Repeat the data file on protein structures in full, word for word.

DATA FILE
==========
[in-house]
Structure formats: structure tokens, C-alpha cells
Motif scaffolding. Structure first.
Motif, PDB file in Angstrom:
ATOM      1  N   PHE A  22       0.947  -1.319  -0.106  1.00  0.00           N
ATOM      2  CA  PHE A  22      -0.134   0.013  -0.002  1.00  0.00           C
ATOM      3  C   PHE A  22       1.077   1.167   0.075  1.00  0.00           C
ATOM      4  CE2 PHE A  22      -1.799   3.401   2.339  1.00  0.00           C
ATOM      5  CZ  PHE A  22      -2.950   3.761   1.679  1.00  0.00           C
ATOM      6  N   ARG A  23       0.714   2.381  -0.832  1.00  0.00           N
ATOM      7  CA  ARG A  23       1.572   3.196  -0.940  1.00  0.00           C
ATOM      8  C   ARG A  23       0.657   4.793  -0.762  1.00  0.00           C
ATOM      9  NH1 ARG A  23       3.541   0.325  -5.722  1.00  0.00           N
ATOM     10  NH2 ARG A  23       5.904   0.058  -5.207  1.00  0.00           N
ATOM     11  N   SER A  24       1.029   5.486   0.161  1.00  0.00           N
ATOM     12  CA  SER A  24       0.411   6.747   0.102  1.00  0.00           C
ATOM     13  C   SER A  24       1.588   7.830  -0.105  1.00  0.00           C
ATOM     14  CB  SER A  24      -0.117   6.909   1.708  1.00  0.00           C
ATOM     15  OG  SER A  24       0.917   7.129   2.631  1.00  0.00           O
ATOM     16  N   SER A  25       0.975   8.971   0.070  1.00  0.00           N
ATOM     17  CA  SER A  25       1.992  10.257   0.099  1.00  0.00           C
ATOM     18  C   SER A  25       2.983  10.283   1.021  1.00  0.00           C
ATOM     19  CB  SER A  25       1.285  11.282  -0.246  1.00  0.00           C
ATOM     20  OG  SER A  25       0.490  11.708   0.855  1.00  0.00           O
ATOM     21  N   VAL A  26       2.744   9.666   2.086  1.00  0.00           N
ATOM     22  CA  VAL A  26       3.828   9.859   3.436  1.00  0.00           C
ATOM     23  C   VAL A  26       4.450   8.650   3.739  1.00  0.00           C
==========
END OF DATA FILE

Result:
[in-house]
Structure formats: structure tokens, C-alpha cells
Motif scaffolding. Structure first.
Motif, PDB file in Angstrom:
ATOM      1  N   PHE A  22       0.947  -1.319  -0.106  1.00  0.00           N
ATOM      2  CA  PHE A  22      -0.134   0.013  -0.002  1.00  0.00           C
ATOM      3  C   PHE A  22       1.077   1.167   0.075  1.00  0.00           C
ATOM      4  CE2 PHE A  22      -1.799   3.401   2.339  1.00  0.00           C
ATOM      5  CZ  PHE A  22      -2.950   3.761   1.679  1.00  0.00           C
ATOM      6  N   ARG A  23       0.714   2.381  -0.832  1.00  0.00           N
ATOM      7  CA  ARG A  23       1.572   3.196  -0.940  1.00  0.00           C
ATOM      8  C   ARG A  23       0.657   4.793  -0.762  1.00  0.00           C
ATOM      9  NH1 ARG A  23       3.541   0.325  -5.722  1.00  0.00           N
ATOM     10  NH2 ARG A  23       5.904   0.058  -5.207  1.00  0.00           N
ATOM     11  N   SER A  24       1.029   5.486   0.161  1.00  0.00           N
ATOM     12  CA  SER A  24       0.411   6.747   0.102  1.00  0.00           C
ATOM     13  C   SER A  24       1.588   7.830  -0.105  1.00  0.00           C
ATOM     14  CB  SER A  24      -0.117   6.909   1.708  1.00  0.00           C
ATOM     15  OG  SER A  24       0.917   7.129   2.631  1.00  0.00           O
ATOM     16  N   SER A  25       0.975   8.971   0.070  1.00  0.00           N
ATOM     17  CA  SER A  25       1.992  10.257   0.099  1.00  0.00           C
ATOM     18  C   SER A  25       2.983  10.283   1.021  1.00  0.00           C
ATOM     19  CB  SER A  25       1.285  11.282  -0.246  1.00  0.00           C
ATOM     20  OG  SER A  25       0.490  11.708   0.855  1.00  0.00           O
ATOM     21  N   VAL A  26       2.744   9.666   2.086  1.00  0.00           N
ATOM     22  CA  VAL A  26       3.828   9.859   3.436  1.00  0.00           C
ATOM     23  C   VAL A  26       4.450   8.650   3.739  1.00  0.00           C